ESG Impact
ESG Impact

Mark Cuban invests in plant-based protein company, but it's not for humans

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Key Points
  • Pet ownership and spending has boomed amid the pandemic, with 70% of American households now owning at least one pet.
  • Much like the boom in plant-based proteins for humans from companies like Beyond Meat and Impossible Foods, pet food producers are making a shift towards alternative meat.
  • Wild Earth, which produces plant-based pet food, raised a $23 million funding round from investors including Mark Cuban as it looks to move into cell-based meats.
Wild Earth

Plant-based meat products have made their way into grocery stores, restaurants, and onto kitchen tables thanks in large part to Beyond Meat and Impossible Foods.

Now your pet's food bowl is the next place you might find plant-based products.

Pet ownership and spending has boomed in the U.S. amid the pandemic. Seventy percent of Americans, or roughly 90.5 million homes, now own a pet, according to the American Pet Products Association. That represents an all-time high and is up from 67% of households in 2020.

In 2020, $103.6 billion was spent in the U.S. on pet-related products and services, a 6.5% year-over-year increase, according to the APPA.

The biggest portion of that expenditure is on pet food and treats, which totaled $42 billion, up 9.7% year-over-year. Not only was that increase driven by new pet owners, but also by people just spending more on their pets — 30% of pet owners said they spent more on their pet in 2020 than the previous year, while only 10% said they spent less, according to the APPA.

With more consumers choosing to eat plant-based products for environmental and health reasons — sales of those products are expected to achieve a 30% compound annual growth rate through 2025, according to a UBS report — the expectation is that they could make similar decisions for their pet's food.

"A lot of people are like, 'Your customers are plant-based vegans and vegetarians,' and actually they're not," said Ryan Bethencourt, CEO of Wild Earth, an alternative protein pet food company. "Our customers are people that care about, first and foremost, the health of their animals, and secondly about sustainability."

Introducing plant-based foods to pets

"In the same way that Beyond Meat and Impossible Foods have found that a majority of their customers are people that care about ESG, about climate change, about sustainability, about health — those are our customers too," Bethencourt said.

Wild Earth, which sells plant-based dog food and treats made from things like dried yeast, chickpeas, oats, and pea proteins, saw 700% growth from 2020 to 2021 and now has more than 40,000 customers in the U.S., Bethencourt said. The company does not disclose its revenue.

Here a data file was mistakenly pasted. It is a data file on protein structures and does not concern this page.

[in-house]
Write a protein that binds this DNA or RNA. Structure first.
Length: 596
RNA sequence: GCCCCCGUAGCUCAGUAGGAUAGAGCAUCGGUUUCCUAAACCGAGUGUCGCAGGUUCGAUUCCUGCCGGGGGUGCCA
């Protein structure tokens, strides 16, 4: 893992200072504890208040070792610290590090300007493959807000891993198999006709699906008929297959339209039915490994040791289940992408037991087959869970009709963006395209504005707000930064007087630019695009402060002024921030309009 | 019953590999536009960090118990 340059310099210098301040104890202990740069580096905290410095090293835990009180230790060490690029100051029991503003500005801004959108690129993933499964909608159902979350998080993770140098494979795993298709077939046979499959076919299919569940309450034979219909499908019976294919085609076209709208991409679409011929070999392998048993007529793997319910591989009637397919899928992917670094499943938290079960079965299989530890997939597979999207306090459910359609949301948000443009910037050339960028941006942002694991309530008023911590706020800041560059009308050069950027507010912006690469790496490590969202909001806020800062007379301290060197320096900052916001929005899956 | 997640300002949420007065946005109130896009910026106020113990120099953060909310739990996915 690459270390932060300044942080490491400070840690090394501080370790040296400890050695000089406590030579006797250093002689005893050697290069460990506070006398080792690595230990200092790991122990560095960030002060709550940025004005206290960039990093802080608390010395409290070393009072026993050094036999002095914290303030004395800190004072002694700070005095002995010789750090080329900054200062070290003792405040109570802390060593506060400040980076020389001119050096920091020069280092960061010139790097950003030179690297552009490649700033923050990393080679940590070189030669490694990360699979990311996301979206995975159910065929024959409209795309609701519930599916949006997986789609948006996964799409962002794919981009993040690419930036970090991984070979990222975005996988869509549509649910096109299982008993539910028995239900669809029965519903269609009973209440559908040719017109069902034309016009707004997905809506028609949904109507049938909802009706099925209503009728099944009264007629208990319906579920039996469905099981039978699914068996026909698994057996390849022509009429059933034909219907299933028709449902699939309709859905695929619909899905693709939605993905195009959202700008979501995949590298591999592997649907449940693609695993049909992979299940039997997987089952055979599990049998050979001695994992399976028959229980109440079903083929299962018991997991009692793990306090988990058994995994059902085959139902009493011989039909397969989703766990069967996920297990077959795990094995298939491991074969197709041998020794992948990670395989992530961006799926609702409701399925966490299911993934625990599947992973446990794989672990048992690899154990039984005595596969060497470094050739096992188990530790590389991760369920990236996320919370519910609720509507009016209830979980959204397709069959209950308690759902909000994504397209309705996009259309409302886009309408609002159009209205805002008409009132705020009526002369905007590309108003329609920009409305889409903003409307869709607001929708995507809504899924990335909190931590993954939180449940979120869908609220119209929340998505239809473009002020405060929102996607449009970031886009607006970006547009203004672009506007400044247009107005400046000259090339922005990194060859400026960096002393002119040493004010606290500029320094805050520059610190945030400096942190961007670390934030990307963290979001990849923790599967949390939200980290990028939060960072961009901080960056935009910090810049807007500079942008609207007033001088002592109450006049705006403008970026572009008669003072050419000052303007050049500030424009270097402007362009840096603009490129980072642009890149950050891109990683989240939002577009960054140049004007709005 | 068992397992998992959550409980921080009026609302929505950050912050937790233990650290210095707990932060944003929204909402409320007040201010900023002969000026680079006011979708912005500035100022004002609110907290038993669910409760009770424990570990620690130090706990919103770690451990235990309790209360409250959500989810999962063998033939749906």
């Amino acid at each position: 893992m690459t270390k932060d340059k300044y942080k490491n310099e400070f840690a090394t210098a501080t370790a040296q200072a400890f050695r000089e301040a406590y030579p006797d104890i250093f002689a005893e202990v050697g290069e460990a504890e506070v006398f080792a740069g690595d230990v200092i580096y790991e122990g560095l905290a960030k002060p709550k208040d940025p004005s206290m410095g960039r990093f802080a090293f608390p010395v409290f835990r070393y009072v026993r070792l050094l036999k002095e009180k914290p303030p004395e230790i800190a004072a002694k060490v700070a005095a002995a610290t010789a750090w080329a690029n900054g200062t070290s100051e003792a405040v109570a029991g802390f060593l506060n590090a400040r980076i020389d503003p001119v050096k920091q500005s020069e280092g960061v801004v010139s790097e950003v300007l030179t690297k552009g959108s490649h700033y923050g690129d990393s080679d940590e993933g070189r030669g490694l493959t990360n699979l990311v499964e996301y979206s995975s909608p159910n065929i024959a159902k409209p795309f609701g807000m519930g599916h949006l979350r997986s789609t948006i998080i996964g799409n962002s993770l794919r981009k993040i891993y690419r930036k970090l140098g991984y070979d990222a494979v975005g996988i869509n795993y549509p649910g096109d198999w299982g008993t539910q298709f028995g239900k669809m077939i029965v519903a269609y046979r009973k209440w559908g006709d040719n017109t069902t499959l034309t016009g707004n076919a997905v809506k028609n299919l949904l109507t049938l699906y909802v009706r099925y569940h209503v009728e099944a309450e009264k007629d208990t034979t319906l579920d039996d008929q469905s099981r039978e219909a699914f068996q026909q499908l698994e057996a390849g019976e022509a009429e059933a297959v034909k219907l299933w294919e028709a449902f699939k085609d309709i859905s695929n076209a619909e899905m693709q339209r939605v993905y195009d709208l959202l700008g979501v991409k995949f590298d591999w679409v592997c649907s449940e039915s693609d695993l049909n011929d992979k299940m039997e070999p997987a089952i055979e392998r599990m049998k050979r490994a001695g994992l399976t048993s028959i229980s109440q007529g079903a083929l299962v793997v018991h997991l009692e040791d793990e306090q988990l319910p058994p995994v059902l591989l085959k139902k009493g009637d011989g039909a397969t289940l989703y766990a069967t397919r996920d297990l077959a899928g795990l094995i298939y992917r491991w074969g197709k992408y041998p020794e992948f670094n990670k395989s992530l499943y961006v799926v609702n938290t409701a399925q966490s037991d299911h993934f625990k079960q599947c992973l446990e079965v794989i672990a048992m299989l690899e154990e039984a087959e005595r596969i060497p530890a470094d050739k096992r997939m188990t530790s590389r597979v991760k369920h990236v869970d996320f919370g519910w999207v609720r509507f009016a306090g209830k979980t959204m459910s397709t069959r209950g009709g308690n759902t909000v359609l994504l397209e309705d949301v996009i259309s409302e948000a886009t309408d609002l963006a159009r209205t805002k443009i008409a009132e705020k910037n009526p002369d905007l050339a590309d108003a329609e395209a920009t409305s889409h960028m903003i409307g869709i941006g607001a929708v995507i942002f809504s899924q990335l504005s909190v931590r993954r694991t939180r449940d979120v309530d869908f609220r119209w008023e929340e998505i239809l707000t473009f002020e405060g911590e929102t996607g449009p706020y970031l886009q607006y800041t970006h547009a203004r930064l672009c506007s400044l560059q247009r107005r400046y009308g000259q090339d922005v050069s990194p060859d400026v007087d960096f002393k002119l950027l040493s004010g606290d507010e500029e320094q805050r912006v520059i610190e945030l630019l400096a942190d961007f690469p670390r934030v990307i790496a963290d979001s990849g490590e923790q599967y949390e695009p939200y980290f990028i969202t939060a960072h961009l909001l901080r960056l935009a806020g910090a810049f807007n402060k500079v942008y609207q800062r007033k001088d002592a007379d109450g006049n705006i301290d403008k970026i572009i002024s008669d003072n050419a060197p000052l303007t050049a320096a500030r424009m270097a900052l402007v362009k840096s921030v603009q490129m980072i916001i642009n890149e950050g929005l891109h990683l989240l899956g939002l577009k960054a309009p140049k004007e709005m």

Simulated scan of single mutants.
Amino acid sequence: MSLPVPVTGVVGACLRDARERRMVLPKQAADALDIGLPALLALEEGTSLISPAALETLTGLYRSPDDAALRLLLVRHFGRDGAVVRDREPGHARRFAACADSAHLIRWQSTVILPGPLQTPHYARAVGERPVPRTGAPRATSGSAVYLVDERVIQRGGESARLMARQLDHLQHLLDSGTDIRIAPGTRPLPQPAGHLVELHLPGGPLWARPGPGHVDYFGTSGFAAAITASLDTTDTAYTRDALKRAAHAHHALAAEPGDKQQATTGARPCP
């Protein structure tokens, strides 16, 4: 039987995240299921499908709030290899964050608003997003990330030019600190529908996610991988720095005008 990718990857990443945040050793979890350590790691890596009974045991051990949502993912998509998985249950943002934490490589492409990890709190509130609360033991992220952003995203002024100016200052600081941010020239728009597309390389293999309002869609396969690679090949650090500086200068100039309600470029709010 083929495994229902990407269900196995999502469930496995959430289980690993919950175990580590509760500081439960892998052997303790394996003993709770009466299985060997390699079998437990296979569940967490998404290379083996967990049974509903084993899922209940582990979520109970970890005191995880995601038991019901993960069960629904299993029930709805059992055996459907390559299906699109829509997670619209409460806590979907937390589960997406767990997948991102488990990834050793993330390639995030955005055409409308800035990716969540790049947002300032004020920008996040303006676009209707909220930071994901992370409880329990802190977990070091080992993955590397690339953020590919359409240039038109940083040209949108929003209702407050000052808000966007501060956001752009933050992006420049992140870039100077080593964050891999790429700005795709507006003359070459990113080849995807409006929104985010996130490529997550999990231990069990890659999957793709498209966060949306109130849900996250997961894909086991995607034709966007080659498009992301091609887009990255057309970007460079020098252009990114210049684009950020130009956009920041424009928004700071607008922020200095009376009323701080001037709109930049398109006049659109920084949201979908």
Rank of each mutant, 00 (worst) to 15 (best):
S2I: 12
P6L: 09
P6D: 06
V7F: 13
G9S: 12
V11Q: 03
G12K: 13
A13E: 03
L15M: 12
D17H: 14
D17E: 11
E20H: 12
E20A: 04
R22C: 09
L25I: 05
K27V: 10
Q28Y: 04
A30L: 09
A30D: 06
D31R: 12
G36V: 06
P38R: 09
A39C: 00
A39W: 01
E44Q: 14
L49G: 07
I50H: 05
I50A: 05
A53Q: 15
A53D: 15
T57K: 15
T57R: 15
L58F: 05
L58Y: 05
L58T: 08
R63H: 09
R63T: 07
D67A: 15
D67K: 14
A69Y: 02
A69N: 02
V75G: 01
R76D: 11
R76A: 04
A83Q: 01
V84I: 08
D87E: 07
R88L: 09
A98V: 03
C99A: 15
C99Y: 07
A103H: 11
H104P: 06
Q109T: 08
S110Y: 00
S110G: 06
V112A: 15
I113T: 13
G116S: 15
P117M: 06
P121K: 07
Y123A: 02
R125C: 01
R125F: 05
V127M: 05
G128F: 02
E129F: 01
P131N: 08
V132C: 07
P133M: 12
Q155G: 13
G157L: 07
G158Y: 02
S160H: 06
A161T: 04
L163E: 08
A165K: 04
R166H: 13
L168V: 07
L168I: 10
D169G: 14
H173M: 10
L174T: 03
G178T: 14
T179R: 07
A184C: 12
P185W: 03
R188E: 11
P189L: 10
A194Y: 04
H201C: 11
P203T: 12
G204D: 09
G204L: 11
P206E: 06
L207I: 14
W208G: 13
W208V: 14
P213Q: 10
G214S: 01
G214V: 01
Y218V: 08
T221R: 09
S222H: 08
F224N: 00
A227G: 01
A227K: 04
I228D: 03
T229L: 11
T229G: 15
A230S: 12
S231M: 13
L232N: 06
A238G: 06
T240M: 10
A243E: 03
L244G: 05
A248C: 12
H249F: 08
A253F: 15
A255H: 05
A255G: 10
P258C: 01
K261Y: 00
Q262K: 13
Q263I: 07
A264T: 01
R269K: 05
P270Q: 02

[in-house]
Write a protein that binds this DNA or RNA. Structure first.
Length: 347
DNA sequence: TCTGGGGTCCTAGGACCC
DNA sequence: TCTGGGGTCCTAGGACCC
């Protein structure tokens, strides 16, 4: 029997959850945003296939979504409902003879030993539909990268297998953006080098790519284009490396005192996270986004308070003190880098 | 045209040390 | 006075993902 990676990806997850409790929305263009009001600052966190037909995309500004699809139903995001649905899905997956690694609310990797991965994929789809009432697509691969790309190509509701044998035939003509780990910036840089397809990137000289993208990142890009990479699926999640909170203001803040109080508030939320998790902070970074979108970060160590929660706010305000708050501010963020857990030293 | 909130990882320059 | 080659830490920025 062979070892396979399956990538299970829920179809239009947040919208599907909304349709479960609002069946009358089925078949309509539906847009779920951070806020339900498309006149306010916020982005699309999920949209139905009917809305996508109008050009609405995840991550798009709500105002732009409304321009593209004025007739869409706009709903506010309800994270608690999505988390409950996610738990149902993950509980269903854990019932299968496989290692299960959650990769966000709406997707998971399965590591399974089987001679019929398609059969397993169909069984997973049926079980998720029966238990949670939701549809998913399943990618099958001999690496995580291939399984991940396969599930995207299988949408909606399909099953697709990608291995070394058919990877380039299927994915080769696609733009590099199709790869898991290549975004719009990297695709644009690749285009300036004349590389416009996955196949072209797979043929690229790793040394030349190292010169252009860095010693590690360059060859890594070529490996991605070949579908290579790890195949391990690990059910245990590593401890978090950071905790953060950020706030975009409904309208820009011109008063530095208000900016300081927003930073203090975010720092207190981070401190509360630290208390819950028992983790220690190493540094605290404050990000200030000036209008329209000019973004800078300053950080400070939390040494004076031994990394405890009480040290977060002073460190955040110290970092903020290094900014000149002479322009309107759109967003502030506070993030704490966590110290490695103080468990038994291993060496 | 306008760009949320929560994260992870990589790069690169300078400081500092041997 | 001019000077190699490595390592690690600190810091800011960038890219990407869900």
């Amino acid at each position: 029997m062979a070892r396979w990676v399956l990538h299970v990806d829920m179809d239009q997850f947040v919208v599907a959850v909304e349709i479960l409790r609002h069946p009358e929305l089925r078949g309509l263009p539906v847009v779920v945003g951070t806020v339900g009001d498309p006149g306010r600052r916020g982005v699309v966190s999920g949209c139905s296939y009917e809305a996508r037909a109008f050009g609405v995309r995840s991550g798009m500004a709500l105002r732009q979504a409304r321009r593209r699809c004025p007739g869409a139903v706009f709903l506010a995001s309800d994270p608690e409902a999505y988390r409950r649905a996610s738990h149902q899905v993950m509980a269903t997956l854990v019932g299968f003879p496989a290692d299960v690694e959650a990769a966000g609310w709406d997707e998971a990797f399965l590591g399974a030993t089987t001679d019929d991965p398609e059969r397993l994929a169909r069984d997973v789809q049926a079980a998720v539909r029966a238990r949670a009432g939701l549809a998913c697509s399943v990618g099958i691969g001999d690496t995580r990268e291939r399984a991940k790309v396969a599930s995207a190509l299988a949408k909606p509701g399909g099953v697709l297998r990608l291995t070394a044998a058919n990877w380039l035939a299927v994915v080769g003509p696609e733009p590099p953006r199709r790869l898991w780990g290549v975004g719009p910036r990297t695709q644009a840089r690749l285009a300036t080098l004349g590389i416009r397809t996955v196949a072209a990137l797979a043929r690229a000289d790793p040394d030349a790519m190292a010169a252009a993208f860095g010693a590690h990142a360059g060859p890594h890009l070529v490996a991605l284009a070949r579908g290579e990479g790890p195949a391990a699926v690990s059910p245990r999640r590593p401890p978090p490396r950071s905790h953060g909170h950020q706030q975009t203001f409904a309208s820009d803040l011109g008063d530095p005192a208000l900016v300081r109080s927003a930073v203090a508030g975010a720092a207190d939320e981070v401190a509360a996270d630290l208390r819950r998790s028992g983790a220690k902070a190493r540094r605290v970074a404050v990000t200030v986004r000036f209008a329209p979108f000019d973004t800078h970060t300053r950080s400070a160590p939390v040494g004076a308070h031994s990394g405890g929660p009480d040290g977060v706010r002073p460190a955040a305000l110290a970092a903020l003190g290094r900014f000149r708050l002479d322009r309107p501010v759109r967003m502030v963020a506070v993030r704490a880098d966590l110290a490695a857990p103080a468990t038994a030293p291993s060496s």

The company initially gained recognition in 2019 when Bethencourt closed a deal with Mark Cuban on "Shark Tank." It raised an additional $11 million in a Series A several months later that included investors like Mars Petcare, Peter Thiel's Founders Fund, vegan investment fund VegInvest, and Cuban.

Now, Wild Earth has closed a new $23 million funding round that again included Cuban and VegInvest, as well as Big Idea Ventures, whose chief investment officer is former Beyond Meat board member Tom Mastrobuoni. Actor Paul Wesley and Bitburger Ventures, the venture arm of the eponymous German beer brewery, also invested in this most recent round.

The company will use the funding to produce new dog and cat foods, as well as develop beef, chicken, and seafood cell-based meats, which aims to be more sustainable and cruelty-free.

"Of the meat we consume in the U.S., 25% to 30% of it goes to our pets," Bethencourt said. "There's this outdated perspective that the intestines and whatever else goes to our pets; that doesn't happen anymore."

"Entire factory farms are running to feed our pets, and it just makes no sense to make little brown balls of protein if we can make it with plants," he said.

Pet food producers see plant-based future

Other pet food producers are also seeing the opportunity for more plant-focused products.

Mars, which is an investor in Wild Earth and owns pet food brands like Iams, Pedigree, and Whiskas, launched a "plant-first formula" in June called Karma. While the product is marketed as having 60% of its ingredients coming from plants, it also includes chicken or white fish.

Nestlé, which produces pet food products under the Purina brand, launched a dog and cat food in Switzerland in 2020 that includes proteins from plants as well as insects. Mars also is launching a dry cat food made with black soldier fly larvae insect meal in the U.K., one of several bug protein-based foods currently in the works for pets.

Freshpet, which sells refrigerated dog and cat food, said it will start to produce a vegetarian dog food line that will be available at Petco locations this year.

Bethencourt said that he expects General Mills, which owns pet food company Blue Buffalo, will also have a plant-based pet product in the next two years.

It's a trend that he doesn't see slowing down as long as the same thing is happening on dining room and restaurant tables across the U.S.

"The same consumers who are buying Beyond or Impossible burgers are the same people who are switching their pets over to plant-based diets," he said.

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